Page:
They are particularly active with wild birds, like brown pelicans. But they also have an arrangement to do rescue and rehab for Key West’s crazy crew of feral chickens. The Center also works with sea turtles, tortoises and marine mammals.

They offer public education programs which include a nature trail, freshwater pond, two aviaries and some locations for observing the wild bird migrations.

This is not a zoo, but it does offer a cool opportunity to see the local wildlife. The Wildlife Center is definitely an off the beaten path Key West experience people usually find it on recommendation of a local.

The Wildlife center is free, but if you visit, please give them a donation.

5. Key West Martello Tower

The Key West Martello Tower is where the Civil War meets the ladies who lunch.

The tower is a relic of the unusual political position that Key West took during the civil war. It was the only southern city that allied with the Federal government. The east and west Martello batteries were constructed in 1863 to provide support for nearby Fort Zach.

Perhaps the laid back Key West vibe was at work, because it took so long to build the towers, that they were never actually put into service for the war. After cycling through several uses, the West Tower has now become part of the Key West Garden Club. So, you can literally find a hidden Key West history lurking amidst the orchids, roses and tropical bromeliads.

6. Books & Books

For a book nerd like me, there is nothing better than killing an hour or two in a local indy bookstore. If you like to do the same, you should check out Books & Books. This small indy chain started in Naples, Florida and they came to Key West in the mid oughts. If you are lucky, you may even be able to hang out with Judy Blume, because she is a co-founder of the store and occasionally works there.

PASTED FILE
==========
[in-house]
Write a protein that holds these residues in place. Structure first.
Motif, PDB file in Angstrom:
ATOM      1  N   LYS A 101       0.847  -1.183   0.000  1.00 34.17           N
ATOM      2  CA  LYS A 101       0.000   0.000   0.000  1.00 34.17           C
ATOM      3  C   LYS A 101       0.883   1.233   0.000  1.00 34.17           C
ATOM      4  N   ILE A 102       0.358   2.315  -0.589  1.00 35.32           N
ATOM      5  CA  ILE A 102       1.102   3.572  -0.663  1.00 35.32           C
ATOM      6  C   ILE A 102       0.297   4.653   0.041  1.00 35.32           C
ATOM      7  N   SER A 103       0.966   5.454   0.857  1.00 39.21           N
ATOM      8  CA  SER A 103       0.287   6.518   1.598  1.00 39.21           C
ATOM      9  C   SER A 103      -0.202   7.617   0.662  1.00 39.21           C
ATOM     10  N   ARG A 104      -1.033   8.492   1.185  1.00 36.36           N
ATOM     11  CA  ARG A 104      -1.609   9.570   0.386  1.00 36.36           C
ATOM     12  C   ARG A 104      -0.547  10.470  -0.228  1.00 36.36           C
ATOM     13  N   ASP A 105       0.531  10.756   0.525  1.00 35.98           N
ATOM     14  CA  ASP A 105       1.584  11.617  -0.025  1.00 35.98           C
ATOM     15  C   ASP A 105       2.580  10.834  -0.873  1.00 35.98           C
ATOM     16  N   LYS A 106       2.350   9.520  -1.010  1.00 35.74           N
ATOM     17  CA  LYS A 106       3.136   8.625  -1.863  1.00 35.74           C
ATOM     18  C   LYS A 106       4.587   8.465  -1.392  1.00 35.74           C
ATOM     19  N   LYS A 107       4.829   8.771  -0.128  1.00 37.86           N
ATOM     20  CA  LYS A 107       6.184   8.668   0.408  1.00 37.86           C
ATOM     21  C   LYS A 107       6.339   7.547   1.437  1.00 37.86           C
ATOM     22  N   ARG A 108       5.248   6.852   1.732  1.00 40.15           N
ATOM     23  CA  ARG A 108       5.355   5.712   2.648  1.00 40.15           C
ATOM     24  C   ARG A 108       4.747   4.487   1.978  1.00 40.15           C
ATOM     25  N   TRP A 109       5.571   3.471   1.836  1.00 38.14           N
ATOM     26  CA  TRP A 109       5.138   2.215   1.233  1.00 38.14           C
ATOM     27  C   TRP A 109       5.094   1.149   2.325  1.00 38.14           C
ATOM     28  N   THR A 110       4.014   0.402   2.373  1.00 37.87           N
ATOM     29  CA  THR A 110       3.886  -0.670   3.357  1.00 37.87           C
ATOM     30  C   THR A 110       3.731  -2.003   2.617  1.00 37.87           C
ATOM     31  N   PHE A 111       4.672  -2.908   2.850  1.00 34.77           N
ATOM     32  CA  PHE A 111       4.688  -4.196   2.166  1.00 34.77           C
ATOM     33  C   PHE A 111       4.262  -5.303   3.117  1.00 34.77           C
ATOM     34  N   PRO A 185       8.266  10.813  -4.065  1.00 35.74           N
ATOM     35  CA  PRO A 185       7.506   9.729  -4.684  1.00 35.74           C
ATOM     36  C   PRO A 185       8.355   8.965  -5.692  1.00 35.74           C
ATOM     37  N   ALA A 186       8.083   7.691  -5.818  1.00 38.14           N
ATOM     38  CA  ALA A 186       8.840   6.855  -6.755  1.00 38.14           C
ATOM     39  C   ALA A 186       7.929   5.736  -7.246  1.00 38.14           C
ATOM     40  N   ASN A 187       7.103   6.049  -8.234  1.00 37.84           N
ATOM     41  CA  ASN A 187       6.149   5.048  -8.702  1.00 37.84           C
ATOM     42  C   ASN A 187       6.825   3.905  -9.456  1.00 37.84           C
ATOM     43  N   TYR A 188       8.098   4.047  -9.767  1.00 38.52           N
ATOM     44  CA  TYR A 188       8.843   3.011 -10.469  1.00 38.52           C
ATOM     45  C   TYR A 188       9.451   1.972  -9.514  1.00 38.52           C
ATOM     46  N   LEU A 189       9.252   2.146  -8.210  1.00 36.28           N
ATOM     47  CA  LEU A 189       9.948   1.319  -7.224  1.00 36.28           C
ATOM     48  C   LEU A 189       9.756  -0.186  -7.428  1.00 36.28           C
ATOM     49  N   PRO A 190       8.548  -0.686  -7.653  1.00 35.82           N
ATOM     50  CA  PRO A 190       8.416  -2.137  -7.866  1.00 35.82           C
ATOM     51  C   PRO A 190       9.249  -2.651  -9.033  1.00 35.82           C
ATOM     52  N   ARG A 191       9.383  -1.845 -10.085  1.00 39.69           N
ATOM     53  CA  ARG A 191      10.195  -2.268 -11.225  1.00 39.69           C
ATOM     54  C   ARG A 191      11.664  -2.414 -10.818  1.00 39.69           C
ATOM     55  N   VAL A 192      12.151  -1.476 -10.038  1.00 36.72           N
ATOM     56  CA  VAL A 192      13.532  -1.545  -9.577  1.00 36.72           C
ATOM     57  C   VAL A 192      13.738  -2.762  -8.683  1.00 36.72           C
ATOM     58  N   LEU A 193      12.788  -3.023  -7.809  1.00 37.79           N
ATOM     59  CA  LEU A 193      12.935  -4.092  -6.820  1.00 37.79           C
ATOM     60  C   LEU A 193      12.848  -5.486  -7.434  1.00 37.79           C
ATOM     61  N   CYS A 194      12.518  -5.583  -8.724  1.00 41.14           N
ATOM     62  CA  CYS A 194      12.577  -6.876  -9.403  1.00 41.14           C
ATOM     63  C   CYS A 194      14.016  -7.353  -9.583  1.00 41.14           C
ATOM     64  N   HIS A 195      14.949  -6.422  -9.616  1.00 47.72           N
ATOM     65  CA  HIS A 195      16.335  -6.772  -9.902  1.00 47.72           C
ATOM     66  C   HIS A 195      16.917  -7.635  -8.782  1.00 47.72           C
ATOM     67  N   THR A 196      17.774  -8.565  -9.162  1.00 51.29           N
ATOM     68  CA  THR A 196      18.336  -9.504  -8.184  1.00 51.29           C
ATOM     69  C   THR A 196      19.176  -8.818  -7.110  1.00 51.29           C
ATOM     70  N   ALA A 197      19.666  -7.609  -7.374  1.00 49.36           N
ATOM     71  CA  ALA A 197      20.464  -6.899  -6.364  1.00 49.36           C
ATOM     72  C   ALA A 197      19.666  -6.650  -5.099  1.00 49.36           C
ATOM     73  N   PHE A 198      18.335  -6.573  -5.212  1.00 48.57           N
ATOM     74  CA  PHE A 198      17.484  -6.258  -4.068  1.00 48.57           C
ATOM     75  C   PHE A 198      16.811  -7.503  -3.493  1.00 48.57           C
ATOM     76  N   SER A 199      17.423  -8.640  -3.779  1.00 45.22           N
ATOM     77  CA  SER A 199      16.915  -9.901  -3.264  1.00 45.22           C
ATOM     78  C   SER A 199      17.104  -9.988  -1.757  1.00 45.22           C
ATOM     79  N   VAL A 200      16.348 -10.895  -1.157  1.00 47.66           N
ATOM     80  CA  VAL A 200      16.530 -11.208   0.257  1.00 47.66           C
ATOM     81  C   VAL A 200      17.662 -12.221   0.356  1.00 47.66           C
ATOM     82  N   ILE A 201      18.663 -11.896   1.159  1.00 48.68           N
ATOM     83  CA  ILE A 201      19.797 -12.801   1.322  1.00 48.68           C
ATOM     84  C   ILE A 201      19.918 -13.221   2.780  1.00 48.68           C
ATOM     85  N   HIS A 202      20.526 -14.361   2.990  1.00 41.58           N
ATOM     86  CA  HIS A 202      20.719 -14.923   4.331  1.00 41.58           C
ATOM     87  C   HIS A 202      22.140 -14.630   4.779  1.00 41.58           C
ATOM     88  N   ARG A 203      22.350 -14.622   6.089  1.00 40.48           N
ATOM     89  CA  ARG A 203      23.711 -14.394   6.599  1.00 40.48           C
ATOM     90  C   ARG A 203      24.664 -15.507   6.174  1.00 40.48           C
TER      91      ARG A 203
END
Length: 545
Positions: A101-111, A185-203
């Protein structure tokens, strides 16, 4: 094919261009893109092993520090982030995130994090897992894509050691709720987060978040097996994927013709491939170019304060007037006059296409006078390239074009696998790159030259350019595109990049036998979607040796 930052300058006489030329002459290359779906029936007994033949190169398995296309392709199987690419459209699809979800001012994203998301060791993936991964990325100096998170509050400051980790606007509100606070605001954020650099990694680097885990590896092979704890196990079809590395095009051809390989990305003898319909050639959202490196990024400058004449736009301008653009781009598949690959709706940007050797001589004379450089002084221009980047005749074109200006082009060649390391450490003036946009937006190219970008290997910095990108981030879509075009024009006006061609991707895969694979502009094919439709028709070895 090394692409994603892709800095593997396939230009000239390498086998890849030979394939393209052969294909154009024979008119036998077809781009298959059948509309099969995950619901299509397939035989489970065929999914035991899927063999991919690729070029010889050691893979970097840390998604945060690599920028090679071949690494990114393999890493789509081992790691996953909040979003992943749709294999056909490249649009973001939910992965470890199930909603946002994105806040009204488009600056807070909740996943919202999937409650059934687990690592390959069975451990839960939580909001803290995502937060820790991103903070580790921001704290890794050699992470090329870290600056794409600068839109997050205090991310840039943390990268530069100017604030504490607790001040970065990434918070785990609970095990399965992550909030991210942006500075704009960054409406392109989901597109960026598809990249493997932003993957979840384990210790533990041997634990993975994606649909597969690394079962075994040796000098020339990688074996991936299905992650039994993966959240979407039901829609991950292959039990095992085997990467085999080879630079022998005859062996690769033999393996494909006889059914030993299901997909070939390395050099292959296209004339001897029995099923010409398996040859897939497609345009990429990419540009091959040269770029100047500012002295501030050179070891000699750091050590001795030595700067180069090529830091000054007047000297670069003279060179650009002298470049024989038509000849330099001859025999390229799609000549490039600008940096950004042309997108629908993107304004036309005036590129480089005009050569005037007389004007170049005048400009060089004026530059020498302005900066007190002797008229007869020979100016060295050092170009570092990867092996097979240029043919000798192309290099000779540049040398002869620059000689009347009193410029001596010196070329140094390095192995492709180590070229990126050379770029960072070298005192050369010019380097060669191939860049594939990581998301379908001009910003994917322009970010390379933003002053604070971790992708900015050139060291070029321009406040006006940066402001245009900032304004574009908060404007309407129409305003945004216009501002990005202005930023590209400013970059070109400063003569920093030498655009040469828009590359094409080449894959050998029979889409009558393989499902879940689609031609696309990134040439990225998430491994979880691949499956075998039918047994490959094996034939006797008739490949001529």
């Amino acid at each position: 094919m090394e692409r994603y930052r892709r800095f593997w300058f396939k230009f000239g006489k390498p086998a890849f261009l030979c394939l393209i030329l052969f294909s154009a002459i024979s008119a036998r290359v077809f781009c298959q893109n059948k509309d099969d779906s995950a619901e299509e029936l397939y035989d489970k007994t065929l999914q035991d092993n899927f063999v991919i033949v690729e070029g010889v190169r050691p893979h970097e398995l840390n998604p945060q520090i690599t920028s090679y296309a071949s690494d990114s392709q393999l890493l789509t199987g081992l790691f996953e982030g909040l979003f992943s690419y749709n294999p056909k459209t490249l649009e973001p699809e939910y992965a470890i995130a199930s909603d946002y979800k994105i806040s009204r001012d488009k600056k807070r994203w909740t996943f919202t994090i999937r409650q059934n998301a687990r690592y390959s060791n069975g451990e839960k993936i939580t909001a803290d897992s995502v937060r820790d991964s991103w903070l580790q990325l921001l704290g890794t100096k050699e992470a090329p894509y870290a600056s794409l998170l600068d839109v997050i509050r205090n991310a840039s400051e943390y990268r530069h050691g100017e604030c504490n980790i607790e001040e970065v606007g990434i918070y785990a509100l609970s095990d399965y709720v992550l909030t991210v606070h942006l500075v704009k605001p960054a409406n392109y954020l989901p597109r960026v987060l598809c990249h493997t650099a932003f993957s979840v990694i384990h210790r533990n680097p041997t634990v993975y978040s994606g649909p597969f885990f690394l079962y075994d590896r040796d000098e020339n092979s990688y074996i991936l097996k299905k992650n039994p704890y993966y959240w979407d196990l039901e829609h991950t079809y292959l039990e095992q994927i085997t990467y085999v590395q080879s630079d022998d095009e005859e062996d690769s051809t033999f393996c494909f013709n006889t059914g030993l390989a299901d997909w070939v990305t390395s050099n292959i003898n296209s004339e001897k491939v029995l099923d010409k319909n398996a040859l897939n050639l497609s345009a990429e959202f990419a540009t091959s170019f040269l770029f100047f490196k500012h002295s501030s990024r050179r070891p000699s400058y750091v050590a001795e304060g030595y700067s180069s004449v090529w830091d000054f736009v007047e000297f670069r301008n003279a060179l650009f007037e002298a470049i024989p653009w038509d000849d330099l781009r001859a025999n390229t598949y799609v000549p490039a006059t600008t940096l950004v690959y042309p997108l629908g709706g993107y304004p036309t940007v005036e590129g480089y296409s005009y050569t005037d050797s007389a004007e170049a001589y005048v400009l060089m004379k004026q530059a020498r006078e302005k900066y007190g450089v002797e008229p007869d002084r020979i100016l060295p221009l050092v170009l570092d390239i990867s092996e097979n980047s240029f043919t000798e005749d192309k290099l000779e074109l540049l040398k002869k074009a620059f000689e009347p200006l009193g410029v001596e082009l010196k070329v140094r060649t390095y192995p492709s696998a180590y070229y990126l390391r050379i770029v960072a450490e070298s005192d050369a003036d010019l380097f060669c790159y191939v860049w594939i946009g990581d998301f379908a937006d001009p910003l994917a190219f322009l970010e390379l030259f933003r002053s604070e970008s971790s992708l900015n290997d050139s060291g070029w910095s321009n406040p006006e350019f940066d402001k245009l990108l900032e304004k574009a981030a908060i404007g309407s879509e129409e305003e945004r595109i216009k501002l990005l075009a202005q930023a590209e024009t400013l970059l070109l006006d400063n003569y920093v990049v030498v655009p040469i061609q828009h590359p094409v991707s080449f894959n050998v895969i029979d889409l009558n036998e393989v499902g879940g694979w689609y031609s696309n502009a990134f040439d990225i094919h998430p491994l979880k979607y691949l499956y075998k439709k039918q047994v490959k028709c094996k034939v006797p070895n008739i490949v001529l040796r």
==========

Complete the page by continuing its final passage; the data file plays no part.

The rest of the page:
Key West is a literary city and Books & Books carries on that tradition by curating staff pics and featuring local authors. The store is part of The Studios @ Key West, with is a nonprofit organization on a mission to provide low cost studio space for local artists and performers.

Read More: For more literary love, check out our article on the most beautiful libraries in the world…it will blow your bucket list out of the water!

Dry Tortugas National Park Key West
The Dry Tortugas.

Fun Activities to do in Key West

7. The Dry Tortugas

The Dry Tortugas isn’t exactly an off the beaten path Key West activity. People know about it and tourists do take the boat trips out there. But it’s worth mentioning because it is one of the strangest, loneliest and loveliest national parks in the US.

Construction was started on the fort in 1846 and thirty years later it still wasn’t quite finished. The original intention was to provide an advanced post for ships patrolling the Gulf of Mexico and the Straits of Florida. The fort never fulfilled its military mission, but the port was used as a refueling station and prison (most notably housing John Wilkes Booth’s physician).